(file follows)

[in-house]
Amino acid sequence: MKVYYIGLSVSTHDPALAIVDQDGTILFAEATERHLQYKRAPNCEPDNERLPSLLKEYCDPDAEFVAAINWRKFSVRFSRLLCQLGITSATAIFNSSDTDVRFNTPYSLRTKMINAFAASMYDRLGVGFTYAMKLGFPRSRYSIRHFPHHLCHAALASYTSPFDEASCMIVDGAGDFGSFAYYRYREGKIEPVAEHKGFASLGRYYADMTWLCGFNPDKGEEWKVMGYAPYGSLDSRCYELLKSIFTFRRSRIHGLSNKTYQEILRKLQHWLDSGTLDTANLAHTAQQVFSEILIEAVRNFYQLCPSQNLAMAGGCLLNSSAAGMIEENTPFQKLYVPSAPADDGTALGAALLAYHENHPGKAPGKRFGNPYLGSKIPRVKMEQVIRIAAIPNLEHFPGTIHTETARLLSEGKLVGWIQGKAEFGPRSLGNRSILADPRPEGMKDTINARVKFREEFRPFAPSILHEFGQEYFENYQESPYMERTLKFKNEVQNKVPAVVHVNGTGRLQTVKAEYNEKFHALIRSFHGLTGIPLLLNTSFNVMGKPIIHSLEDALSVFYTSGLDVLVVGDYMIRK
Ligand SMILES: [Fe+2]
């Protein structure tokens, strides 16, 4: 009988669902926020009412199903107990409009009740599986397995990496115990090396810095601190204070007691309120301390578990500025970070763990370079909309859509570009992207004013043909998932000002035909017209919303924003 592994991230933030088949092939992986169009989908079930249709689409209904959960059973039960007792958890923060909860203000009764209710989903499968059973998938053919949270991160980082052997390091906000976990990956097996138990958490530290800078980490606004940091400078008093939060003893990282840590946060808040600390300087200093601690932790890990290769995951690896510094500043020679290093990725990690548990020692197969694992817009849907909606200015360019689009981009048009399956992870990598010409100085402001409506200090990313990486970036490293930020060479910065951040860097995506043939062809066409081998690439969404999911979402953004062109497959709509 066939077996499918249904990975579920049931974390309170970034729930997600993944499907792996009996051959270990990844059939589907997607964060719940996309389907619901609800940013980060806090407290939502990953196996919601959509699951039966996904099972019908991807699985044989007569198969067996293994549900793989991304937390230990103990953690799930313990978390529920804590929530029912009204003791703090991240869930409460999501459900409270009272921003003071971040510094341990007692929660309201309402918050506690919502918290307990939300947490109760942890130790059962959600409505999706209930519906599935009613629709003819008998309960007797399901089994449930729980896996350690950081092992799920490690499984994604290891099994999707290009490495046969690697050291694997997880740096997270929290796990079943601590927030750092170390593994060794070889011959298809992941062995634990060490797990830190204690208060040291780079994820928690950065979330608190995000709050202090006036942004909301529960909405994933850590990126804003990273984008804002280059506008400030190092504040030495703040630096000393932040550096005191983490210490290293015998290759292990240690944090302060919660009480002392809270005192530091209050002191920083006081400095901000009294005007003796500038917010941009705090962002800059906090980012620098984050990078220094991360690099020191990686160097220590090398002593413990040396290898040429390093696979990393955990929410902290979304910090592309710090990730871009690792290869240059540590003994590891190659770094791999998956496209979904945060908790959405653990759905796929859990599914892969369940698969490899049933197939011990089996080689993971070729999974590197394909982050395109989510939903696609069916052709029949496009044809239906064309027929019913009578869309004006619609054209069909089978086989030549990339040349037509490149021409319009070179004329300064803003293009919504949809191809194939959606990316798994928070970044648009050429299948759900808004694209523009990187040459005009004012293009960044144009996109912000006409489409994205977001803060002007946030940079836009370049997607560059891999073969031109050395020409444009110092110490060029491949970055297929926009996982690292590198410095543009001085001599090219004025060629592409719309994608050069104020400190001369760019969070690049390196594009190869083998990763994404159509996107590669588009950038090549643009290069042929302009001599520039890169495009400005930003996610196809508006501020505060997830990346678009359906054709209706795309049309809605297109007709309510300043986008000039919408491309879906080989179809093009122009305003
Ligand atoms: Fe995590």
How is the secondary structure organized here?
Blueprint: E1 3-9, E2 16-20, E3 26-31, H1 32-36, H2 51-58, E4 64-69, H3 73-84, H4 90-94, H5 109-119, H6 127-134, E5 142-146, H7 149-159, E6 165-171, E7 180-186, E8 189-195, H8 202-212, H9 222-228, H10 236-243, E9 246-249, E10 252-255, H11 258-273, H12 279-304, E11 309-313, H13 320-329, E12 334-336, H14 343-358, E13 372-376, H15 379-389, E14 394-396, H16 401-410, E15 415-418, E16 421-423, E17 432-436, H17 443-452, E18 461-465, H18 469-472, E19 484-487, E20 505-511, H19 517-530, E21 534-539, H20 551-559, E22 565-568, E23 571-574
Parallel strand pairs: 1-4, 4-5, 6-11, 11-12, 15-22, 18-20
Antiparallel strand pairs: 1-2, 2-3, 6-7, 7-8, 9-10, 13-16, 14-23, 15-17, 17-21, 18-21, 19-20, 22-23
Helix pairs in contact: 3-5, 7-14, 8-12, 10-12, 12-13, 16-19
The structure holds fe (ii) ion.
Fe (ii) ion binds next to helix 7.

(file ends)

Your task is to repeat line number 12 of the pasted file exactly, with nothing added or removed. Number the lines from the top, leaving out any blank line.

Fe (ii) ion binds next to helix 7.